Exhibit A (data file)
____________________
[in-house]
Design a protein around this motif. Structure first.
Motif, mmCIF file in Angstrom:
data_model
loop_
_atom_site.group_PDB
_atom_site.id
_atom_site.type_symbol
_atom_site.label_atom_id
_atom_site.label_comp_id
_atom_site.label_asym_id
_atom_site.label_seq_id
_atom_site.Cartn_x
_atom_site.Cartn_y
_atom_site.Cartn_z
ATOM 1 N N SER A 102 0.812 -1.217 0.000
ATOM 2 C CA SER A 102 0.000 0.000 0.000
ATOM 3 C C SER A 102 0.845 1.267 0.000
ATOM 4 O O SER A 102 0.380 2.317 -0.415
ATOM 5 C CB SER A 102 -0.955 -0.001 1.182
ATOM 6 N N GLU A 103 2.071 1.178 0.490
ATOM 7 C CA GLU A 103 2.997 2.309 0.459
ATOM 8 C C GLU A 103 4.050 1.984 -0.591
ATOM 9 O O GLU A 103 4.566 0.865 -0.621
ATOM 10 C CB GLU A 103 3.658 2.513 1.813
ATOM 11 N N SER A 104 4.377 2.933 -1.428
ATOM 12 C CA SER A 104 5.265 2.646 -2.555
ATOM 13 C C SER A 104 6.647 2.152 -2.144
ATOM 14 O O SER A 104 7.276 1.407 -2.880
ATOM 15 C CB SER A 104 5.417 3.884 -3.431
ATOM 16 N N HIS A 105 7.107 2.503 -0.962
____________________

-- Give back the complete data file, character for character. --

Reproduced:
[in-house]
Design a protein around this motif. Structure first.
Motif, mmCIF file in Angstrom:
data_model
loop_
_atom_site.group_PDB
_atom_site.id
_atom_site.type_symbol
_atom_site.label_atom_id
_atom_site.label_comp_id
_atom_site.label_asym_id
_atom_site.label_seq_id
_atom_site.Cartn_x
_atom_site.Cartn_y
_atom_site.Cartn_z
ATOM 1 N N SER A 102 0.812 -1.217 0.000
ATOM 2 C CA SER A 102 0.000 0.000 0.000
ATOM 3 C C SER A 102 0.845 1.267 0.000
ATOM 4 O O SER A 102 0.380 2.317 -0.415
ATOM 5 C CB SER A 102 -0.955 -0.001 1.182
ATOM 6 N N GLU A 103 2.071 1.178 0.490
ATOM 7 C CA GLU A 103 2.997 2.309 0.459
ATOM 8 C C GLU A 103 4.050 1.984 -0.591
ATOM 9 O O GLU A 103 4.566 0.865 -0.621
ATOM 10 C CB GLU A 103 3.658 2.513 1.813
ATOM 11 N N SER A 104 4.377 2.933 -1.428
ATOM 12 C CA SER A 104 5.265 2.646 -2.555
ATOM 13 C C SER A 104 6.647 2.152 -2.144
ATOM 14 O O SER A 104 7.276 1.407 -2.880
ATOM 15 C CB SER A 104 5.417 3.884 -3.431
ATOM 16 N N HIS A 105 7.107 2.503 -0.962